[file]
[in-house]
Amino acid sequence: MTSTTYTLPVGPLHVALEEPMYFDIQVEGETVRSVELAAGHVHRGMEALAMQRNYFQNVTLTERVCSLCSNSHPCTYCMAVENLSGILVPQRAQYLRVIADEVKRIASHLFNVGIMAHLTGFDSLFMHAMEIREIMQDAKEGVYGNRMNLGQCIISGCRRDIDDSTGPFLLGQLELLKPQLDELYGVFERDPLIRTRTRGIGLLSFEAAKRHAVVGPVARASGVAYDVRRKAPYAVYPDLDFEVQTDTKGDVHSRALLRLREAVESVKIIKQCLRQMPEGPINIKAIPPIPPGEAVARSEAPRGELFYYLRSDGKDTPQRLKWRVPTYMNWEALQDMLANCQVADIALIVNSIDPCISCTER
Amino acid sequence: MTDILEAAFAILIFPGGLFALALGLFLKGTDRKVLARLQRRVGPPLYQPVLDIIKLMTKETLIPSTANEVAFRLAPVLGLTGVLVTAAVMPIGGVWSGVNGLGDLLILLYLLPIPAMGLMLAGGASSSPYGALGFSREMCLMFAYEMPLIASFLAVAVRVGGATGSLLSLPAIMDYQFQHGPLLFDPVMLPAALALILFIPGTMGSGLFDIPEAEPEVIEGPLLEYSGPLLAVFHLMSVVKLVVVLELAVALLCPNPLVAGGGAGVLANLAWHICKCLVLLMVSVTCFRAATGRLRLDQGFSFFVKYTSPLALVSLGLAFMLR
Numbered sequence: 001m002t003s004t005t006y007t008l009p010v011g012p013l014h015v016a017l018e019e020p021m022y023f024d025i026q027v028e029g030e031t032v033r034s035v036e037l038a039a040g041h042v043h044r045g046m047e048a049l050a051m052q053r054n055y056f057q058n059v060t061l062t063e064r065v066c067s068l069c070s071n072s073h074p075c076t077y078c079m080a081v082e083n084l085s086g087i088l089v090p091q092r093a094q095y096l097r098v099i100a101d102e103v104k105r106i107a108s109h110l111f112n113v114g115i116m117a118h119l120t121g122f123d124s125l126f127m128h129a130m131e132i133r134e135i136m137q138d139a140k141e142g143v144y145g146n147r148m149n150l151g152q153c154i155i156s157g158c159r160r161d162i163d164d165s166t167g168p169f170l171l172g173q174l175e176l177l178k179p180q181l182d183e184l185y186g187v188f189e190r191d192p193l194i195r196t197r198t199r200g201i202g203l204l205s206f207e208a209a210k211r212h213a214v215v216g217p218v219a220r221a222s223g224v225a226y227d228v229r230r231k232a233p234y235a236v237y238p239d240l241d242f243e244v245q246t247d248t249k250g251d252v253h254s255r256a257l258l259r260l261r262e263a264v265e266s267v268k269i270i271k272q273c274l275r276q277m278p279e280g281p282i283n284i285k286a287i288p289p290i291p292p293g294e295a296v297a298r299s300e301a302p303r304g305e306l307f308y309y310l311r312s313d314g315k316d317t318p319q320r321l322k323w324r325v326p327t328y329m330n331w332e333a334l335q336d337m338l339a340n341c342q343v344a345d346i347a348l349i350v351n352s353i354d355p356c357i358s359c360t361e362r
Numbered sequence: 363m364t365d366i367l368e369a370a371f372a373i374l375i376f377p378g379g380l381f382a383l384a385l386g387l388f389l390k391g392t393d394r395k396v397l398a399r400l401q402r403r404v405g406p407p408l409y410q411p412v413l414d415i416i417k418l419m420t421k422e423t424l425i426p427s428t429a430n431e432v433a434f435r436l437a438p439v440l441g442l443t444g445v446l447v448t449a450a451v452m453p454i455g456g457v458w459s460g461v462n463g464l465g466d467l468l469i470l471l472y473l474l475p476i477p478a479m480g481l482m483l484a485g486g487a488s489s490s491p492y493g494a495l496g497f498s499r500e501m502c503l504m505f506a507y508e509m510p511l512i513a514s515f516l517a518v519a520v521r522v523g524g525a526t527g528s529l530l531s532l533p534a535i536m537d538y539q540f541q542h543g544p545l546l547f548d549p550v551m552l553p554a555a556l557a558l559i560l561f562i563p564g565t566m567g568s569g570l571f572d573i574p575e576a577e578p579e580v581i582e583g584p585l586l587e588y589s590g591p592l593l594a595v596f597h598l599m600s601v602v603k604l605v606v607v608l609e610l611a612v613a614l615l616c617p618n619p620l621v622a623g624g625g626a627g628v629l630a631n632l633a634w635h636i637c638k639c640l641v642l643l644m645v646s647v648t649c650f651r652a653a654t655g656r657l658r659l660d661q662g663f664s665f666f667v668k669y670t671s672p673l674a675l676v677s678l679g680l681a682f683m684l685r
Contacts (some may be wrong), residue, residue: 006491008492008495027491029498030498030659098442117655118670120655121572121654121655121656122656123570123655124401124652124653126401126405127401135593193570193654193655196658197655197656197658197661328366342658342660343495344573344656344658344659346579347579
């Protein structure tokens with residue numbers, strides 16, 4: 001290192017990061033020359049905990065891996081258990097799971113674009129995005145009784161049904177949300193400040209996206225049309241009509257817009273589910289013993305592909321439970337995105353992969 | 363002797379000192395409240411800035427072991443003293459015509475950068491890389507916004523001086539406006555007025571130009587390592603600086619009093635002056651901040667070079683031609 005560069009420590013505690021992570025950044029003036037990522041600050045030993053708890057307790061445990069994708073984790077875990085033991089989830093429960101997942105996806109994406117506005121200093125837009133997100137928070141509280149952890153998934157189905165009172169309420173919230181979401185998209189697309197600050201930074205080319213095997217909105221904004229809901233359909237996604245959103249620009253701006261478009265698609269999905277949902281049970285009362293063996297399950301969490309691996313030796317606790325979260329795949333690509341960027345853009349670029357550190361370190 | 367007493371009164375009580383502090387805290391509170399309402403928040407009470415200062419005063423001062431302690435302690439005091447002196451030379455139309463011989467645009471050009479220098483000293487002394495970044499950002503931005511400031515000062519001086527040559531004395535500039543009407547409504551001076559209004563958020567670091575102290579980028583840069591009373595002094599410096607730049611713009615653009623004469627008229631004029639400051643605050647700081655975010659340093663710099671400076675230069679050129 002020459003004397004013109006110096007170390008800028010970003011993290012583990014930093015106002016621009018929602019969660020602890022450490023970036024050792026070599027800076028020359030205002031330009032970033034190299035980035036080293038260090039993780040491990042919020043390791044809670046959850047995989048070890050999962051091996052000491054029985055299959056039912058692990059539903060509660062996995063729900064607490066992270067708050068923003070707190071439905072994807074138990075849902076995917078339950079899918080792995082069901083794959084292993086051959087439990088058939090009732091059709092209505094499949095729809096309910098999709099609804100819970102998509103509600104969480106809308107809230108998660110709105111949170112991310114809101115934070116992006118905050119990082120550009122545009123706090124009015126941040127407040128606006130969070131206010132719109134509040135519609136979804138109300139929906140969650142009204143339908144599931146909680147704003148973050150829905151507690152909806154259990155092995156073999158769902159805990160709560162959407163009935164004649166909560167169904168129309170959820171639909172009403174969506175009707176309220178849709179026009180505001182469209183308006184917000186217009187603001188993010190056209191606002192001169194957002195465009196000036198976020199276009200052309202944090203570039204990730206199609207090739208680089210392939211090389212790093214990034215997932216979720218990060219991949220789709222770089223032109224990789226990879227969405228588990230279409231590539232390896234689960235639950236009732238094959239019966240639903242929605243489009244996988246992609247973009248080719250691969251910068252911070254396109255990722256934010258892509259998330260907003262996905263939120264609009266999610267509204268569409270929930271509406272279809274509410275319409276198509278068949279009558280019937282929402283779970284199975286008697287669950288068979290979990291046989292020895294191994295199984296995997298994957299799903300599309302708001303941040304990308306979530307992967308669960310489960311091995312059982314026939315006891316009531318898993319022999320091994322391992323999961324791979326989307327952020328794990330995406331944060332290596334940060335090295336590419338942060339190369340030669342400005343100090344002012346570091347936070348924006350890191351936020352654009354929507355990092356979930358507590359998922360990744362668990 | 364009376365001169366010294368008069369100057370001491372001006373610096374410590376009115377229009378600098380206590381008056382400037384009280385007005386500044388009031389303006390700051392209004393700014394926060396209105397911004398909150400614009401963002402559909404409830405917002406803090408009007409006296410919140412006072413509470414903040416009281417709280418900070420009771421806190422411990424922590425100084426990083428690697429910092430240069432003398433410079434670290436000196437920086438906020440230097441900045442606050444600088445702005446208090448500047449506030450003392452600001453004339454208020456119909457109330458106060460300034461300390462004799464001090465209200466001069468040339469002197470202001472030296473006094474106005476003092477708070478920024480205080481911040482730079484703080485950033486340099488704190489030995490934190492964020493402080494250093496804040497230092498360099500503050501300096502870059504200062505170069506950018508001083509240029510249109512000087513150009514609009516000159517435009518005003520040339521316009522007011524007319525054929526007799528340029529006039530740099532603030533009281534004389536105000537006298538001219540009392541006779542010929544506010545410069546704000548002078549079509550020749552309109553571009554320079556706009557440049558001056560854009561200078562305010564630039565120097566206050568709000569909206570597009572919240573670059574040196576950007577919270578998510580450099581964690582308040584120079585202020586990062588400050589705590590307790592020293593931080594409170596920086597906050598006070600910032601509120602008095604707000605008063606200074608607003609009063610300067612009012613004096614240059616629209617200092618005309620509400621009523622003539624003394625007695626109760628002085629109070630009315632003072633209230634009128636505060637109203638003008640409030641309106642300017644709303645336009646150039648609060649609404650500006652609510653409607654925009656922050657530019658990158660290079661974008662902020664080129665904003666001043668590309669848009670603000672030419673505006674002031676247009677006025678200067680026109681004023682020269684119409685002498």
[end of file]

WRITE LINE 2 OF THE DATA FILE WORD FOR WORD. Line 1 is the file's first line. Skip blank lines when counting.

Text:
Amino acid sequence: MTSTTYTLPVGPLHVALEEPMYFDIQVEGETVRSVELAAGHVHRGMEALAMQRNYFQNVTLTERVCSLCSNSHPCTYCMAVENLSGILVPQRAQYLRVIADEVKRIASHLFNVGIMAHLTGFDSLFMHAMEIREIMQDAKEGVYGNRMNLGQCIISGCRRDIDDSTGPFLLGQLELLKPQLDELYGVFERDPLIRTRTRGIGLLSFEAAKRHAVVGPVARASGVAYDVRRKAPYAVYPDLDFEVQTDTKGDVHSRALLRLREAVESVKIIKQCLRQMPEGPINIKAIPPIPPGEAVARSEAPRGELFYYLRSDGKDTPQRLKWRVPTYMNWEALQDMLANCQVADIALIVNSIDPCISCTER